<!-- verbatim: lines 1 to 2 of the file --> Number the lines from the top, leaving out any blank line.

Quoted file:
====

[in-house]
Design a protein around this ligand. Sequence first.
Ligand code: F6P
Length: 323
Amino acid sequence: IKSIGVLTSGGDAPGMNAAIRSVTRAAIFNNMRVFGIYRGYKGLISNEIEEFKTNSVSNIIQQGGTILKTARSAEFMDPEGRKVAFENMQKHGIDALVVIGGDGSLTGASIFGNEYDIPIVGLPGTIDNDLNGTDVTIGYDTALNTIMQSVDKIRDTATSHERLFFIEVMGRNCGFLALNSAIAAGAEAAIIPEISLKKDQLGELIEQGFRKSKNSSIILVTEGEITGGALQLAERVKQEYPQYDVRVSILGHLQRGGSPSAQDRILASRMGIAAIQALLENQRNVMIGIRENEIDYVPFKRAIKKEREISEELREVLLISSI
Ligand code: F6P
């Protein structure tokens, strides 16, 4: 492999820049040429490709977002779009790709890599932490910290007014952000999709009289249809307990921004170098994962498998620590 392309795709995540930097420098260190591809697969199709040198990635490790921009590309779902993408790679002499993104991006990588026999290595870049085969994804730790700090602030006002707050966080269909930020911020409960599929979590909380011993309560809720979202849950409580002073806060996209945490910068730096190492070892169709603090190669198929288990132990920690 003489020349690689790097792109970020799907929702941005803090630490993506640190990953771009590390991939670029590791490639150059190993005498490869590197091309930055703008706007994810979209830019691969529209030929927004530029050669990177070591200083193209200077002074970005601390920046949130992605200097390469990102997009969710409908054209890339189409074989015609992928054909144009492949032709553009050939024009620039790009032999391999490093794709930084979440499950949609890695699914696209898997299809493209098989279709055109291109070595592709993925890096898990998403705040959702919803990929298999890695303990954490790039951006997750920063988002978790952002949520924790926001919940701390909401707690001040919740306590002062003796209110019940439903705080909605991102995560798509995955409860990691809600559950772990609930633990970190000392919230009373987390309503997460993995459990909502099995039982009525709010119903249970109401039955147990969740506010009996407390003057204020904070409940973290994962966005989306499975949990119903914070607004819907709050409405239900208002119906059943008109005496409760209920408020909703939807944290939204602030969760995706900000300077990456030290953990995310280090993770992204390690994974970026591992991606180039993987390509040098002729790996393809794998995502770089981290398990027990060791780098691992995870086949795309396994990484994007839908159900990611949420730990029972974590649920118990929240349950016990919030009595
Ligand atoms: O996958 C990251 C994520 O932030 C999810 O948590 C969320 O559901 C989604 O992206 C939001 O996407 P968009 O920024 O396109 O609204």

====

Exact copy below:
[in-house]
Design a protein around this ligand. Sequence first.